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Open Access Research article

Aggrecanolysis and in vitro matrix degradation in the immature bovine meniscus: mechanisms and functional implications

Christopher G Wilson1, Eric J Vanderploeg2, Fengrong Zuo3, John D Sandy4 and Marc E Levenston12*

Author Affiliations

1 Wallace H Coulter Department of Biomedical Engineering, 313 Ferst Drive, Georgia Institute of Technology, Atlanta, GA 30332, USA

2 George W Woodruff School of Mechanical Engineering, Georgia Institute of Technology, 801 Ferst Drive, Atlanta, GA 30332, USA

3 Roche-Palo Alto, 3431 Hillview Avenue, Palo Alto, CA 94304, USA

4 Department of Biochemistry, Rush University Medical Center, 1735 West Harrison Street, 5th Floor Cohn Building, Chicago, IL 60612, USA

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Arthritis Research & Therapy 2009, 11:R173  doi:10.1186/ar2862

Published: 17 November 2009

Abstract

Introduction

Little is known about endogenous or cytokine-stimulated aggrecan catabolism in the meniscal fibrocartilage of the knee. The objectives of this study were to characterize the structure, distribution, and processing of aggrecan in menisci from immature bovines, and to identify mechanisms of extracellular matrix degradation that lead to changes in the mechanical properties of meniscal fibrocartilage.

Methods

Aggrecanase activity in the native immature bovine meniscus was examined by immunolocalization of the aggrecan NITEGE neoepitope. To investigate mechanisms of cytokine-induced aggrecan catabolism in this tissue, explants were treated with interleukin-1α (IL-1) in the absence or presence of selective or broad spectrum metalloproteinase inhibitors. The sulfated glycosaminoglycan (sGAG) and collagen contents of explants and culture media were quantified by biochemical methods, and aggrecan catabolism was examined by Western analysis of aggrecan fragments. The mechanical properties of explants were determined by dynamic compression and shear tests.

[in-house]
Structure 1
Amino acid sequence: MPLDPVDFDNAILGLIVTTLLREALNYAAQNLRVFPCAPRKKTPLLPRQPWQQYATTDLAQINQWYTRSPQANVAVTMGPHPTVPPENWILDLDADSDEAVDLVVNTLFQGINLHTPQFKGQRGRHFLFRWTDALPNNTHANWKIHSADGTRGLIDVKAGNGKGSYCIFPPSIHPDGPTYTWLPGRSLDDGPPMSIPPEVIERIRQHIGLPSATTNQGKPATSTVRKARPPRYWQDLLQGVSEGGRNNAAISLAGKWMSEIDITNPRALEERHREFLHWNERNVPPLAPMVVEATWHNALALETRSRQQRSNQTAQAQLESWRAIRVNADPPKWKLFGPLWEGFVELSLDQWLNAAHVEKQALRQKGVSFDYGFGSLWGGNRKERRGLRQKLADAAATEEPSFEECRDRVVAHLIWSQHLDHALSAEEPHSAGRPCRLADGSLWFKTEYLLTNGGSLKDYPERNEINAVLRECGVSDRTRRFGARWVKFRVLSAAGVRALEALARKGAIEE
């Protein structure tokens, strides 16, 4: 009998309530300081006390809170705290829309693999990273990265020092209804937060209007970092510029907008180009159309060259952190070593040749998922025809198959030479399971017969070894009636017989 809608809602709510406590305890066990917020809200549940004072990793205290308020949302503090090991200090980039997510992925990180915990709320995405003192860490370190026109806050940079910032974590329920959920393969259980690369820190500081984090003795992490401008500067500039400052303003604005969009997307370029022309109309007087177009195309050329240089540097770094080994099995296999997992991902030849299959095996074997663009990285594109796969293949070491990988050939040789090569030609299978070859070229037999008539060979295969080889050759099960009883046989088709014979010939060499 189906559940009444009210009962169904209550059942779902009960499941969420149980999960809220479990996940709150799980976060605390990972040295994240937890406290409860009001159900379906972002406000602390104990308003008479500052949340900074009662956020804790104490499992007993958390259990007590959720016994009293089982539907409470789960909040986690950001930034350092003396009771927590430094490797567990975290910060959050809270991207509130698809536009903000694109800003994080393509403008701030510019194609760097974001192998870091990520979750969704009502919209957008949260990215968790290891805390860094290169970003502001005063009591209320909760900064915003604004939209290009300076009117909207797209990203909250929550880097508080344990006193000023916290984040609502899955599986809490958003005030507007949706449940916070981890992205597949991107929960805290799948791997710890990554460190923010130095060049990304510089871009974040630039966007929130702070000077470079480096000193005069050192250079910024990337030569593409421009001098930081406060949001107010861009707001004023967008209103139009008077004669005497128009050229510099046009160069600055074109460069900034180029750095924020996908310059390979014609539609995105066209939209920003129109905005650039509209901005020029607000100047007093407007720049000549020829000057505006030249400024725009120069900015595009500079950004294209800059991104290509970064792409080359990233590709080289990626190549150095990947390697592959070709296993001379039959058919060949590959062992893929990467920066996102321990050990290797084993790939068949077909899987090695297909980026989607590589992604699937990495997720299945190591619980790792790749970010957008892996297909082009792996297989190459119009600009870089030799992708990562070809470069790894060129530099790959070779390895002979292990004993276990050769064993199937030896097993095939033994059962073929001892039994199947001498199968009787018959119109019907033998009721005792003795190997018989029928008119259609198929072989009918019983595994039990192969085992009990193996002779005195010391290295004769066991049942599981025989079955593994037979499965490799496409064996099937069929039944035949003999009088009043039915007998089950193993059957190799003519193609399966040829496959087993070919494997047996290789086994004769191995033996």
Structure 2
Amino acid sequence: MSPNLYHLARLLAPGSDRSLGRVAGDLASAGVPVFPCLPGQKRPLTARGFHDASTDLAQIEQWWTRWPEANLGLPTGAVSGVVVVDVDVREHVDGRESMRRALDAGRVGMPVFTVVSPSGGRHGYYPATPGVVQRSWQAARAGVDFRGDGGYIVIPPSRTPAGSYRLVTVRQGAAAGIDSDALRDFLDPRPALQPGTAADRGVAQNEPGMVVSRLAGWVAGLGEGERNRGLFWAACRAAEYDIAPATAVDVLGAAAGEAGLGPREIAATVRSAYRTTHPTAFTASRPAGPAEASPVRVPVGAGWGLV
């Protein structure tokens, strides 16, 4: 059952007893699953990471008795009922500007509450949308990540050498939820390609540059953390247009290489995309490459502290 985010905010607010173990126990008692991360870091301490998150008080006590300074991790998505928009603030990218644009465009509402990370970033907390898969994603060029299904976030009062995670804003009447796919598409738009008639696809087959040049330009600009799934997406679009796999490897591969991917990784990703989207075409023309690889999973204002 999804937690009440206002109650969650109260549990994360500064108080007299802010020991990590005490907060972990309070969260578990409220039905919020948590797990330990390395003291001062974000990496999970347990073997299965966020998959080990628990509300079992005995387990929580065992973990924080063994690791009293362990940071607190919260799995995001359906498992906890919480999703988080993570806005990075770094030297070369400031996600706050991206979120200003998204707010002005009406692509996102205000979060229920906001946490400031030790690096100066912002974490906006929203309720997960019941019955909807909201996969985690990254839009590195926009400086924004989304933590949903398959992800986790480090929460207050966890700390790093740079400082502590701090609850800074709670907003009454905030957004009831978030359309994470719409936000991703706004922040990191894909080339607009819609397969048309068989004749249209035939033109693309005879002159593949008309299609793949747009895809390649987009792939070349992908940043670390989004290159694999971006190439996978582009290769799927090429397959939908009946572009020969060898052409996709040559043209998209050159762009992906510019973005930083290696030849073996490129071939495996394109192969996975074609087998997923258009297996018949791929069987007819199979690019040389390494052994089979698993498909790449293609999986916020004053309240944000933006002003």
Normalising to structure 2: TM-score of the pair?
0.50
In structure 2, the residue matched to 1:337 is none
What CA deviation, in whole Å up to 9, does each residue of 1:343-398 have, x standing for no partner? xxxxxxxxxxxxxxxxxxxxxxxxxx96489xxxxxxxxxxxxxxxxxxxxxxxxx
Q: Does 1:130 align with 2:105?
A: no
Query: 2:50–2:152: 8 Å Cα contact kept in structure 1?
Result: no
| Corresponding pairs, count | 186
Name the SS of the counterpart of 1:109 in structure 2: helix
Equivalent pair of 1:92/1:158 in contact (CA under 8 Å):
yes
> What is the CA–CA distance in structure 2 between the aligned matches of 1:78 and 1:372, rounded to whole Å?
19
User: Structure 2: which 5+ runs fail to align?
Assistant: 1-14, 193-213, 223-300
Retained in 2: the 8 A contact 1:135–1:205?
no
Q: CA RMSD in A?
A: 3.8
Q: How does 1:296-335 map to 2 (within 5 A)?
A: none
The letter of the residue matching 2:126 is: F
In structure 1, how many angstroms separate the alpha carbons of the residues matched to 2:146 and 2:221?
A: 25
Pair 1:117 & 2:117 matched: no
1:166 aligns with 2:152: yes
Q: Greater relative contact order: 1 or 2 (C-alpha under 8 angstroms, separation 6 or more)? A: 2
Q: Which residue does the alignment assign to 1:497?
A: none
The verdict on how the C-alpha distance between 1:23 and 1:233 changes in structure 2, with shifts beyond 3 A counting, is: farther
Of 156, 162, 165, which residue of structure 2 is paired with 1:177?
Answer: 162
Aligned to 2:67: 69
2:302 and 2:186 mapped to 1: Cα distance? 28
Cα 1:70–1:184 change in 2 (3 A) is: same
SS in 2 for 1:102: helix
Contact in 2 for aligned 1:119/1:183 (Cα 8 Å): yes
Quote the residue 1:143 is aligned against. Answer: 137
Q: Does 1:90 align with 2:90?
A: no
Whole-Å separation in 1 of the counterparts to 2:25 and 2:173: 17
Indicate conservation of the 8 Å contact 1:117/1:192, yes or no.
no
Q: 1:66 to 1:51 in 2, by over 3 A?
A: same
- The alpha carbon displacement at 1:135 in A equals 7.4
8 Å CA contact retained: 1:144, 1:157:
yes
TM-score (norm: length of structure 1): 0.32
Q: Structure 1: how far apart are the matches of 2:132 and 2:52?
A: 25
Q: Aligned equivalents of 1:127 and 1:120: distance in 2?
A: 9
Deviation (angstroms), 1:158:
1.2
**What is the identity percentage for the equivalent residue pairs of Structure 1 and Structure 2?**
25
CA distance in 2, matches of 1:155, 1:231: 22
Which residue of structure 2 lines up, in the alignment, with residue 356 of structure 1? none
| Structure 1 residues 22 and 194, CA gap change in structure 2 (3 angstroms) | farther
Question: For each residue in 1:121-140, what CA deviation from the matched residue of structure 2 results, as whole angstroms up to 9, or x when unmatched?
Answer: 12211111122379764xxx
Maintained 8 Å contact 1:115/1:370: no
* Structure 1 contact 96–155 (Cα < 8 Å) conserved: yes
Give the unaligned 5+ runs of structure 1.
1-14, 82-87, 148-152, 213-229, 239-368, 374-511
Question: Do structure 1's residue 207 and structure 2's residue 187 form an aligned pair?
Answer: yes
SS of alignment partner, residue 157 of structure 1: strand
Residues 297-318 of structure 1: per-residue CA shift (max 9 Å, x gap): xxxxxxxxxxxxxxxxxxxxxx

Results

The aggrecanase-generated NITEGE neoepitope was preferentially localized in the middle and outer regions of freshly isolated immature bovine menisci, where sGAG density was lowest and blood vessels were present. In vitro treatment of explants with IL-1 triggered the accumulation of NITEGE in the inner and middle regions. Middle region explants stimulated with IL-1 exhibited substantial decreases in sGAG content, collagen content, and mechanical properties. A broad spectrum metalloproteinase inhibitor significantly reduced sGAG loss, abrogated collagen degradation, and preserved tissue mechanical properties. In contrast, an inhibitor selective for ADAMTS-4 and ADAMTS-5 was least effective at blocking IL-1-induced matrix catabolism and loss of mechanical properties.

Conclusions

Aggrecanase-mediated aggrecanolysis, typical of degenerative articular cartilage, may play a physiologic role in the development of the immature bovine meniscus. IL-1-induced release of sGAG and loss of mechanical properties can be ascribed primarily to the activity of MMPs or aggrecanases other than ADAMTS-4 and ADAMTS-5. These results may have implications for the clinical management of osteoarthritis.